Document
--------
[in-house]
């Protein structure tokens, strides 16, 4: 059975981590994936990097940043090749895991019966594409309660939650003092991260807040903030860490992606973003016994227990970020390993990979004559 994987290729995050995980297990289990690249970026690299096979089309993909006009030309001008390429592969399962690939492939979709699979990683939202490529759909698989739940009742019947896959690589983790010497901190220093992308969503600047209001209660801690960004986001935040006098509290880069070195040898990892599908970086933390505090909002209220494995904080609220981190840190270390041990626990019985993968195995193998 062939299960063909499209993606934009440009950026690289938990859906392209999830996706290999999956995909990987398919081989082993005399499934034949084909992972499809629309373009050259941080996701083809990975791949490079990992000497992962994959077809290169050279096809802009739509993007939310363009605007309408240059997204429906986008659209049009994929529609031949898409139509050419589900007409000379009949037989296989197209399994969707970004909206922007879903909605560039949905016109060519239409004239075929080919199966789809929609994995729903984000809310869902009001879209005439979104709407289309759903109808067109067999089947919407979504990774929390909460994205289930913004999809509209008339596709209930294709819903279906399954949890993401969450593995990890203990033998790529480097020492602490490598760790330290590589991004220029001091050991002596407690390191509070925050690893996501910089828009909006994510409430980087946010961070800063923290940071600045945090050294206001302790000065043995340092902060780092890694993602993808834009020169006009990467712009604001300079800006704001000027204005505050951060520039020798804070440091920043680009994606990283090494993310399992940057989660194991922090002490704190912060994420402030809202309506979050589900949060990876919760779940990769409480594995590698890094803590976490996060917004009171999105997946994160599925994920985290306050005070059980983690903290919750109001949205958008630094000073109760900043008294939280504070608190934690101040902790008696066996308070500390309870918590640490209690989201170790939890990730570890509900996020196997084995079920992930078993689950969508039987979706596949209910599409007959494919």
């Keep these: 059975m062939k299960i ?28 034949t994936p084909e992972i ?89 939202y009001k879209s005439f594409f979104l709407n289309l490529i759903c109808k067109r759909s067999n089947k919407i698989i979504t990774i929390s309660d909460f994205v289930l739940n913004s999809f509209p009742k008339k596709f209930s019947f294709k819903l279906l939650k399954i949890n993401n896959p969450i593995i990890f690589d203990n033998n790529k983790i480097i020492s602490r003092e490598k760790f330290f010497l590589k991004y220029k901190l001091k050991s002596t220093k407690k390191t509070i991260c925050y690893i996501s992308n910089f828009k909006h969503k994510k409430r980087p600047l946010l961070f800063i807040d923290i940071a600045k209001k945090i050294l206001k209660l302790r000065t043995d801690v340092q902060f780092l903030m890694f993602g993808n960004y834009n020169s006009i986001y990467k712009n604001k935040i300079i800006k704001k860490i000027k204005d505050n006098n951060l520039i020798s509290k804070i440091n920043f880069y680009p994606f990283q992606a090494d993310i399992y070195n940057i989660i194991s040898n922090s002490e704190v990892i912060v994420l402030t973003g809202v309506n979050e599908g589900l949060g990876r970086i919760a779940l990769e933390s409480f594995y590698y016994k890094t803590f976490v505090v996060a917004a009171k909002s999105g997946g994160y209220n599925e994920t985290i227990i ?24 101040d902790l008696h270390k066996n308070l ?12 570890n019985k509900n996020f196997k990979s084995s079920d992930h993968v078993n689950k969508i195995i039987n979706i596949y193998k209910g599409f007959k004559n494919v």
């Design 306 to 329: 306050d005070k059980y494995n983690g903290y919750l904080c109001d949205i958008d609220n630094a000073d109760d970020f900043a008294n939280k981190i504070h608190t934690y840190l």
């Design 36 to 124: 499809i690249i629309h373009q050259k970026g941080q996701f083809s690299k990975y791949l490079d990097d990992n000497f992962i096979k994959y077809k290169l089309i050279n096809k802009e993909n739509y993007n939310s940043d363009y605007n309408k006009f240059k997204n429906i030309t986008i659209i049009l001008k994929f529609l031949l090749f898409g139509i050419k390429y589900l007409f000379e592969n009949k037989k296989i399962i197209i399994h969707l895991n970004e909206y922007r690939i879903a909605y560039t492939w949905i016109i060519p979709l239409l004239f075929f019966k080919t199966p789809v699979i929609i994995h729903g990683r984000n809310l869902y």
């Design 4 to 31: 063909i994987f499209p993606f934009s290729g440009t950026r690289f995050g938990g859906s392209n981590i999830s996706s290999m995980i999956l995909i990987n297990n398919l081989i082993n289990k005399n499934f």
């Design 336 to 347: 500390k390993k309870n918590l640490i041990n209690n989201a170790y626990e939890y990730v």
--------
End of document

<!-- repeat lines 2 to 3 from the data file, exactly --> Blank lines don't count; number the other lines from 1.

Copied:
């Protein structure tokens, strides 16, 4: 059975981590994936990097940043090749895991019966594409309660939650003092991260807040903030860490992606973003016994227990970020390993990979004559 994987290729995050995980297990289990690249970026690299096979089309993909006009030309001008390429592969399962690939492939979709699979990683939202490529759909698989739940009742019947896959690589983790010497901190220093992308969503600047209001209660801690960004986001935040006098509290880069070195040898990892599908970086933390505090909002209220494995904080609220981190840190270390041990626990019985993968195995193998 062939299960063909499209993606934009440009950026690289938990859906392209999830996706290999999956995909990987398919081989082993005399499934034949084909992972499809629309373009050259941080996701083809990975791949490079990992000497992962994959077809290169050279096809802009739509993007939310363009605007309408240059997204429906986008659209049009994929529609031949898409139509050419589900007409000379009949037989296989197209399994969707970004909206922007879903909605560039949905016109060519239409004239075929080919199966789809929609994995729903984000809310869902009001879209005439979104709407289309759903109808067109067999089947919407979504990774929390909460994205289930913004999809509209008339596709209930294709819903279906399954949890993401969450593995990890203990033998790529480097020492602490490598760790330290590589991004220029001091050991002596407690390191509070925050690893996501910089828009909006994510409430980087946010961070800063923290940071600045945090050294206001302790000065043995340092902060780092890694993602993808834009020169006009990467712009604001300079800006704001000027204005505050951060520039020798804070440091920043680009994606990283090494993310399992940057989660194991922090002490704190912060994420402030809202309506979050589900949060990876919760779940990769409480594995590698890094803590976490996060917004009171999105997946994160599925994920985290306050005070059980983690903290919750109001949205958008630094000073109760900043008294939280504070608190934690101040902790008696066996308070500390309870918590640490209690989201170790939890990730570890509900996020196997084995079920992930078993689950969508039987979706596949209910599409007959494919």
């Keep these: 059975m062939k299960i ?28 034949t994936p084909e992972i ?89 939202y009001k879209s005439f594409f979104l709407n289309l490529i759903c109808k067109r759909s067999n089947k919407i698989i979504t990774i929390s309660d909460f994205v289930l739940n913004s999809f509209p009742k008339k596709f209930s019947f294709k819903l279906l939650k399954i949890n993401n896959p969450i593995i990890f690589d203990n033998n790529k983790i480097i020492s602490r003092e490598k760790f330290f010497l590589k991004y220029k901190l001091k050991s002596t220093k407690k390191t509070i991260c925050y690893i996501s992308n910089f828009k909006h969503k994510k409430r980087p600047l946010l961070f800063i807040d923290i940071a600045k209001k945090i050294l206001k209660l302790r000065t043995d801690v340092q902060f780092l903030m890694f993602g993808n960004y834009n020169s006009i986001y990467k712009n604001k935040i300079i800006k704001k860490i000027k204005d505050n006098n951060l520039i020798s509290k804070i440091n920043f880069y680009p994606f990283q992606a090494d993310i399992y070195n940057i989660i194991s040898n922090s002490e704190v990892i912060v994420l402030t973003g809202v309506n979050e599908g589900l949060g990876r970086i919760a779940l990769e933390s409480f594995y590698y016994k890094t803590f976490v505090v996060a917004a009171k909002s999105g997946g994160y209220n599925e994920t985290i227990i ?24 101040d902790l008696h270390k066996n308070l ?12 570890n019985k509900n996020f196997k990979s084995s079920d992930h993968v078993n689950k969508i195995i039987n979706i596949y193998k209910g599409f007959k004559n494919v």